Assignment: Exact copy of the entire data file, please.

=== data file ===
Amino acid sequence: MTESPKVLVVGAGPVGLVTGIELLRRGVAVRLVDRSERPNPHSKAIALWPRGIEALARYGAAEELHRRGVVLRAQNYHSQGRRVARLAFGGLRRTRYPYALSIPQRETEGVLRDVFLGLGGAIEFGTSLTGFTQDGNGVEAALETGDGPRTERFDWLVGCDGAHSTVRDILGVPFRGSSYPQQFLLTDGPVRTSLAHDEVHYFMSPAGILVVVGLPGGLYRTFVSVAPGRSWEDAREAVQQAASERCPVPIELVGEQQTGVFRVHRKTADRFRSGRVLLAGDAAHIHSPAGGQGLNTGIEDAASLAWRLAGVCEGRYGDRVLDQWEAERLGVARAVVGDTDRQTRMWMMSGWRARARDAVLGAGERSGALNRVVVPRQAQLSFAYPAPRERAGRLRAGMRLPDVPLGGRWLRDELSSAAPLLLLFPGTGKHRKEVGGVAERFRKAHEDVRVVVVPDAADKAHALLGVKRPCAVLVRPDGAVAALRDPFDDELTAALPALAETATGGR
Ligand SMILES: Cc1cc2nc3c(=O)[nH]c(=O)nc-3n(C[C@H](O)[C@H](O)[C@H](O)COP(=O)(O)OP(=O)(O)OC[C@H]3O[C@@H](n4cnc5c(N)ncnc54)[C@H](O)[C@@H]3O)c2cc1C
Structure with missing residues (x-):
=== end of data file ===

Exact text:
Amino acid sequence: MTESPKVLVVGAGPVGLVTGIELLRRGVAVRLVDRSERPNPHSKAIALWPRGIEALARYGAAEELHRRGVVLRAQNYHSQGRRVARLAFGGLRRTRYPYALSIPQRETEGVLRDVFLGLGGAIEFGTSLTGFTQDGNGVEAALETGDGPRTERFDWLVGCDGAHSTVRDILGVPFRGSSYPQQFLLTDGPVRTSLAHDEVHYFMSPAGILVVVGLPGGLYRTFVSVAPGRSWEDAREAVQQAASERCPVPIELVGEQQTGVFRVHRKTADRFRSGRVLLAGDAAHIHSPAGGQGLNTGIEDAASLAWRLAGVCEGRYGDRVLDQWEAERLGVARAVVGDTDRQTRMWMMSGWRARARDAVLGAGERSGALNRVVVPRQAQLSFAYPAPRERAGRLRAGMRLPDVPLGGRWLRDELSSAAPLLLLFPGTGKHRKEVGGVAERFRKAHEDVRVVVVPDAADKAHALLGVKRPCAVLVRPDGAVAALRDPFDDELTAALPALAETATGGR
Ligand SMILES: Cc1cc2nc3c(=O)[nH]c(=O)nc-3n(C[C@H](O)[C@H](O)[C@H](O)COP(=O)(O)OP(=O)(O)OC[C@H]3O[C@@H](n4cnc5c(N)ncnc54)[C@H](O)[C@@H]3O)c2cc1C
Structure with missing residues (x-):